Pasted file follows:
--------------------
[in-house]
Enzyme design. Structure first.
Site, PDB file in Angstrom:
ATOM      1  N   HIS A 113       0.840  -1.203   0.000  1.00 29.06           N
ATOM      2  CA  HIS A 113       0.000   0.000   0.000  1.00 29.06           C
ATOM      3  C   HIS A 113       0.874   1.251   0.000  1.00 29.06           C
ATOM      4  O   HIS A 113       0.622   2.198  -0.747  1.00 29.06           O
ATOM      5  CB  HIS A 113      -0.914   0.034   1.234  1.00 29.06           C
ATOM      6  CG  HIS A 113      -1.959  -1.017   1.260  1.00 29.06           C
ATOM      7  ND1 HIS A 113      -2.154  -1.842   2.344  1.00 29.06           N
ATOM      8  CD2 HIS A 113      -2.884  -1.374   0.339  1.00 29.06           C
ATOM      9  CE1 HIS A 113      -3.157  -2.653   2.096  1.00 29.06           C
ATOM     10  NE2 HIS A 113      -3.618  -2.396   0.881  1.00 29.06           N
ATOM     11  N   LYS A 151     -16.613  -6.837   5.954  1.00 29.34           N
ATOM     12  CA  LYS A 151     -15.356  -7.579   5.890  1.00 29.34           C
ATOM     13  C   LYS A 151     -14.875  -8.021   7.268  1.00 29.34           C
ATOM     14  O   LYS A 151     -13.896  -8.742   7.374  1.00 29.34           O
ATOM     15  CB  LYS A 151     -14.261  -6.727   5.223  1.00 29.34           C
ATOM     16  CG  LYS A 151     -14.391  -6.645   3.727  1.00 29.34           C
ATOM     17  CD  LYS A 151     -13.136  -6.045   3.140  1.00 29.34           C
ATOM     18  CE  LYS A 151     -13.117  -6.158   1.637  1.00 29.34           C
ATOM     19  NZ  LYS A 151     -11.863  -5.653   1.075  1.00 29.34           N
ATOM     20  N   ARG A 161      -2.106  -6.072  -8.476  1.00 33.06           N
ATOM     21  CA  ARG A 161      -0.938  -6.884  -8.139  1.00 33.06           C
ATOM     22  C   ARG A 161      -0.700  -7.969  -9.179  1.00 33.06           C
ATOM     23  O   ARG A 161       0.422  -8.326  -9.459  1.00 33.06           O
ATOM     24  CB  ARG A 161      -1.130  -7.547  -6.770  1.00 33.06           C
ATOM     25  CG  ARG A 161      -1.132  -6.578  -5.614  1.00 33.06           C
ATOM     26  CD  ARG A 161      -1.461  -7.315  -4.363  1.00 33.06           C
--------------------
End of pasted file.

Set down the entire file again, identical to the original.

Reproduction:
[in-house]
Enzyme design. Structure first.
Site, PDB file in Angstrom:
ATOM      1  N   HIS A 113       0.840  -1.203   0.000  1.00 29.06           N
ATOM      2  CA  HIS A 113       0.000   0.000   0.000  1.00 29.06           C
ATOM      3  C   HIS A 113       0.874   1.251   0.000  1.00 29.06           C
ATOM      4  O   HIS A 113       0.622   2.198  -0.747  1.00 29.06           O
ATOM      5  CB  HIS A 113      -0.914   0.034   1.234  1.00 29.06           C
ATOM      6  CG  HIS A 113      -1.959  -1.017   1.260  1.00 29.06           C
ATOM      7  ND1 HIS A 113      -2.154  -1.842   2.344  1.00 29.06           N
ATOM      8  CD2 HIS A 113      -2.884  -1.374   0.339  1.00 29.06           C
ATOM      9  CE1 HIS A 113      -3.157  -2.653   2.096  1.00 29.06           C
ATOM     10  NE2 HIS A 113      -3.618  -2.396   0.881  1.00 29.06           N
ATOM     11  N   LYS A 151     -16.613  -6.837   5.954  1.00 29.34           N
ATOM     12  CA  LYS A 151     -15.356  -7.579   5.890  1.00 29.34           C
ATOM     13  C   LYS A 151     -14.875  -8.021   7.268  1.00 29.34           C
ATOM     14  O   LYS A 151     -13.896  -8.742   7.374  1.00 29.34           O
ATOM     15  CB  LYS A 151     -14.261  -6.727   5.223  1.00 29.34           C
ATOM     16  CG  LYS A 151     -14.391  -6.645   3.727  1.00 29.34           C
ATOM     17  CD  LYS A 151     -13.136  -6.045   3.140  1.00 29.34           C
ATOM     18  CE  LYS A 151     -13.117  -6.158   1.637  1.00 29.34           C
ATOM     19  NZ  LYS A 151     -11.863  -5.653   1.075  1.00 29.34           N
ATOM     20  N   ARG A 161      -2.106  -6.072  -8.476  1.00 33.06           N
ATOM     21  CA  ARG A 161      -0.938  -6.884  -8.139  1.00 33.06           C
ATOM     22  C   ARG A 161      -0.700  -7.969  -9.179  1.00 33.06           C
ATOM     23  O   ARG A 161       0.422  -8.326  -9.459  1.00 33.06           O
ATOM     24  CB  ARG A 161      -1.130  -7.547  -6.770  1.00 33.06           C
ATOM     25  CG  ARG A 161      -1.132  -6.578  -5.614  1.00 33.06           C
ATOM     26  CD  ARG A 161      -1.461  -7.315  -4.363  1.00 33.06           C